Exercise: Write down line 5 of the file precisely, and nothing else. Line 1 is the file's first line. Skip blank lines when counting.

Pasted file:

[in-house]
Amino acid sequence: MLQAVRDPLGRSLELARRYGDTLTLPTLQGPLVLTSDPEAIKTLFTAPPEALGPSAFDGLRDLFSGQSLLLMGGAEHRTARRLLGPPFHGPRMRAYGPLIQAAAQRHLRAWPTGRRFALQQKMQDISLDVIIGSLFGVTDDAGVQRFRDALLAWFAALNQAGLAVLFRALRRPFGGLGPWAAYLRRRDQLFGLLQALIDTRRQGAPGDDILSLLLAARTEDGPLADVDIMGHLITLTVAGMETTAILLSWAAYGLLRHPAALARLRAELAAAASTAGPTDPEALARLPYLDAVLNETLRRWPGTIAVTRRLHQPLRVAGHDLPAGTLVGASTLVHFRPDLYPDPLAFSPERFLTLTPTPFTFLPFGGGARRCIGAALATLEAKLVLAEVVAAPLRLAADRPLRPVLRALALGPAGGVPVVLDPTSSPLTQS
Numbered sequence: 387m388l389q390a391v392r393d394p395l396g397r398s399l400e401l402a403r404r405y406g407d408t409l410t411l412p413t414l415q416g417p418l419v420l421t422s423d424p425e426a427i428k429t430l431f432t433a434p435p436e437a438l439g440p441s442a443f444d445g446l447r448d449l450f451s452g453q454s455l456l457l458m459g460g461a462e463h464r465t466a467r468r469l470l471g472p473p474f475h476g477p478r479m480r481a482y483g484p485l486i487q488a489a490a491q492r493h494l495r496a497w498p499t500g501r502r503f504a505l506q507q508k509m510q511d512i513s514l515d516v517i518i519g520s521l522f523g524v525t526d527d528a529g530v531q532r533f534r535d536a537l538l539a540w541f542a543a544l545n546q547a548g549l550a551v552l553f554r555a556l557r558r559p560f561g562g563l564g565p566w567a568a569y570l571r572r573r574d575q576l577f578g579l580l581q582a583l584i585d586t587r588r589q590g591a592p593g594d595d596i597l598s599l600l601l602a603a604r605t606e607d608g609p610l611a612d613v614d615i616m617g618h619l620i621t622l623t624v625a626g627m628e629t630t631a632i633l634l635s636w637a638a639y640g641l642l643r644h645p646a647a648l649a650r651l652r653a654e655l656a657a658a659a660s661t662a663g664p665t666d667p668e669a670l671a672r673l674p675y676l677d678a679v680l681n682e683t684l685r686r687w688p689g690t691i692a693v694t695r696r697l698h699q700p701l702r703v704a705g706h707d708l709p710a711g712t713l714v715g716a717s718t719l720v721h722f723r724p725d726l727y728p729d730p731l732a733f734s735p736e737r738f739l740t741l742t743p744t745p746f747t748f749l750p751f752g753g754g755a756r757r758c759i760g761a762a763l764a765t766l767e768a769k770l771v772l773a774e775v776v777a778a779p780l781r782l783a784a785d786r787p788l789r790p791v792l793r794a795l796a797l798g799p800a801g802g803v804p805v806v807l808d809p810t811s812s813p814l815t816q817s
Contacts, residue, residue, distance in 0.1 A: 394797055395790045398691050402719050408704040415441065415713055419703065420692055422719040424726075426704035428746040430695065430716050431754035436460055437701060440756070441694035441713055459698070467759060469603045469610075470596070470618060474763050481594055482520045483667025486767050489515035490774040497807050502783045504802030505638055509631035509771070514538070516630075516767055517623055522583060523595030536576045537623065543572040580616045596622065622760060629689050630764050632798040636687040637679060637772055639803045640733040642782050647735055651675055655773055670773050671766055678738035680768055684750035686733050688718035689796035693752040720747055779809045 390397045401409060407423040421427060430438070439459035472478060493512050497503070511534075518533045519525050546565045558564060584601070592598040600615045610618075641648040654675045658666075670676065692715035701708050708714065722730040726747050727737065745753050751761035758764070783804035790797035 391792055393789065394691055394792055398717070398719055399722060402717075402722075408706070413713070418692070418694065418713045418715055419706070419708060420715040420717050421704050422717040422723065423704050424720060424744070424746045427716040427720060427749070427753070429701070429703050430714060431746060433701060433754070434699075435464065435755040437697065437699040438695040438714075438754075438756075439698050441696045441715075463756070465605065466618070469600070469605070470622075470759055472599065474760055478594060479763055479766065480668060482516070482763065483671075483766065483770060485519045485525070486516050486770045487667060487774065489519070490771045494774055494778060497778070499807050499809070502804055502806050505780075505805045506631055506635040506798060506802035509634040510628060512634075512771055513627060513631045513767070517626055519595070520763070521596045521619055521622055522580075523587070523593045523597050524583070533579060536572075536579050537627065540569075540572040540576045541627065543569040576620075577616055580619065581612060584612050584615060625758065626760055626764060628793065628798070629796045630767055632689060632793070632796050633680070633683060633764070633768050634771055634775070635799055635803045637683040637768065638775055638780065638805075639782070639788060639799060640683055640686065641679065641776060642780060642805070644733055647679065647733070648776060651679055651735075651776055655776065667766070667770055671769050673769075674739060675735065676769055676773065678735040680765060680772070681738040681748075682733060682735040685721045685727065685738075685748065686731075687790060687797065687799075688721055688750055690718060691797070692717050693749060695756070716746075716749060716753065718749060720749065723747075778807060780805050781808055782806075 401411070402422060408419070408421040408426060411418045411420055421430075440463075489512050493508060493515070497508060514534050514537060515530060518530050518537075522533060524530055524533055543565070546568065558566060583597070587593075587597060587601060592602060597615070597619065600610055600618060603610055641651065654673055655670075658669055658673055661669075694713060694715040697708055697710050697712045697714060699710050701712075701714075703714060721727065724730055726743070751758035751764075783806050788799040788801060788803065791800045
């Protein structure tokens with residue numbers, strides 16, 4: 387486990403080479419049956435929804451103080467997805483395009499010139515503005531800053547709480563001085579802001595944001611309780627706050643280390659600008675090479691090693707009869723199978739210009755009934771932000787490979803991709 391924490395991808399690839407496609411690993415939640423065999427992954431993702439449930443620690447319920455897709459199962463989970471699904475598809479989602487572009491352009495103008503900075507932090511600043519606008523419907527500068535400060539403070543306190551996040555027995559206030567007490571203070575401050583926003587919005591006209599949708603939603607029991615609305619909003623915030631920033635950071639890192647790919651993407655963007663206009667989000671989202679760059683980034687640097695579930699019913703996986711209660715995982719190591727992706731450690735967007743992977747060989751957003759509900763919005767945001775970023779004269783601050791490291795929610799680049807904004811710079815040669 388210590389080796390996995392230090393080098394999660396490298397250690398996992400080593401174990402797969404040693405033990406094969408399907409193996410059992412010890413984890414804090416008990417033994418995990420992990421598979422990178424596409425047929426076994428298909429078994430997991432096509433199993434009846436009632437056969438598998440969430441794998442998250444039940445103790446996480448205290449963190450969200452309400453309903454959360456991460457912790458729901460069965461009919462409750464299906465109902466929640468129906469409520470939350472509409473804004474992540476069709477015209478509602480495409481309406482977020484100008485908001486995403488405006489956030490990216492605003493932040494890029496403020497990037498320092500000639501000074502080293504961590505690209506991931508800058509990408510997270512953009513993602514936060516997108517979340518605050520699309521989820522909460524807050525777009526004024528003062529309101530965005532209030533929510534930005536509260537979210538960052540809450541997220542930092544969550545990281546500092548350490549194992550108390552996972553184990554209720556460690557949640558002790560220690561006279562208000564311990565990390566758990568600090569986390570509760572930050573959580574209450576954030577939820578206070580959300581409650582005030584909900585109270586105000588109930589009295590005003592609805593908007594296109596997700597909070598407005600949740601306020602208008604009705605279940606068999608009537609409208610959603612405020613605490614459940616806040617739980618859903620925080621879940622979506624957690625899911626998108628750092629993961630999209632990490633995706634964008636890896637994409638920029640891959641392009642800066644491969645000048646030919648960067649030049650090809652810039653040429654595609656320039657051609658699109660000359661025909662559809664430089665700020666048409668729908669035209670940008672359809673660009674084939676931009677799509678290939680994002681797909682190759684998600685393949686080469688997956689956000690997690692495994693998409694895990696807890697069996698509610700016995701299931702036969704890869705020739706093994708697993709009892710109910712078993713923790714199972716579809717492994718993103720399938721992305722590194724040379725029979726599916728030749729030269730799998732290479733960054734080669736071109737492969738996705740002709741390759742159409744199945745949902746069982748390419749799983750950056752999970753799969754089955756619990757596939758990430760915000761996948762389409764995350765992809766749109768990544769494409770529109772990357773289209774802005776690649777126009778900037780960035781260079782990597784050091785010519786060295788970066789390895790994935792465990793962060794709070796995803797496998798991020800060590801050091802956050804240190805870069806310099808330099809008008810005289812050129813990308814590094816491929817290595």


């Protein structure tokens with residue numbers, strides 16, 4: 387486990403080479419049956435929804451103080467997805483395009499010139515503005531800053547709480563001085579802001595944001611309780627706050643280390659600008675090479691090693707009869723199978739210009755009934771932000787490979803991709 391924490395991808399690839407496609411690993415939640423065999427992954431993702439449930443620690447319920455897709459199962463989970471699904475598809479989602487572009491352009495103008503900075507932090511600043519606008523419907527500068535400060539403070543306190551996040555027995559206030567007490571203070575401050583926003587919005591006209599949708603939603607029991615609305619909003623915030631920033635950071639890192647790919651993407655963007663206009667989000671989202679760059683980034687640097695579930699019913703996986711209660715995982719190591727992706731450690735967007743992977747060989751957003759509900763919005767945001775970023779004269783601050791490291795929610799680049807904004811710079815040669 388210590389080796390996995392230090393080098394999660396490298397250690398996992400080593401174990402797969404040693405033990406094969408399907409193996410059992412010890413984890414804090416008990417033994418995990420992990421598979422990178424596409425047929426076994428298909429078994430997991432096509433199993434009846436009632437056969438598998440969430441794998442998250444039940445103790446996480448205290449963190450969200452309400453309903454959360456991460457912790458729901460069965461009919462409750464299906465109902466929640468129906469409520470939350472509409473804004474992540476069709477015209478509602480495409481309406482977020484100008485908001486995403488405006489956030490990216492605003493932040494890029496403020497990037498320092500000639501000074502080293504961590505690209506991931508800058509990408510997270512953009513993602514936060516997108517979340518605050520699309521989820522909460524807050525777009526004024528003062529309101530965005532209030533929510534930005536509260537979210538960052540809450541997220542930092544969550545990281546500092548350490549194992550108390552996972553184990554209720556460690557949640558002790560220690561006279562208000564311990565990390566758990568600090569986390570509760572930050573959580574209450576954030577939820578206070580959300581409650582005030584909900585109270586105000588109930589009295590005003592609805593908007594296109596997700597909070598407005600949740601306020602208008604009705605279940606068999608009537609409208610959603612405020613605490614459940616806040617739980618859903620925080621879940622979506624957690625899911626998108628750092629993961630999209632990490633995706634964008636890896637994409638920029640891959641392009642800066644491969645000048646030919648960067649030049650090809652810039653040429654595609656320039657051609658699109660000359661025909662559809664430089665700020666048409668729908669035209670940008672359809673660009674084939676931009677799509678290939680994002681797909682190759684998600685393949686080469688997956689956000690997690692495994693998409694895990696807890697069996698509610700016995701299931702036969704890869705020739706093994708697993709009892710109910712078993713923790714199972716579809717492994718993103720399938721992305722590194724040379725029979726599916728030749729030269730799998732290479733960054734080669736071109737492969738996705740002709741390759742159409744199945745949902746069982748390419749799983750950056752999970753799969754089955756619990757596939758990430760915000761996948762389409764995350765992809766749109768990544769494409770529109772990357773289209774802005776690649777126009778900037780960035781260079782990597784050091785010519786060295788970066789390895790994935792465990793962060794709070796995803797496998798991020800060590801050091802956050804240190805870069806310099808330099809008008810005289812050129813990308814590094816491929817290595």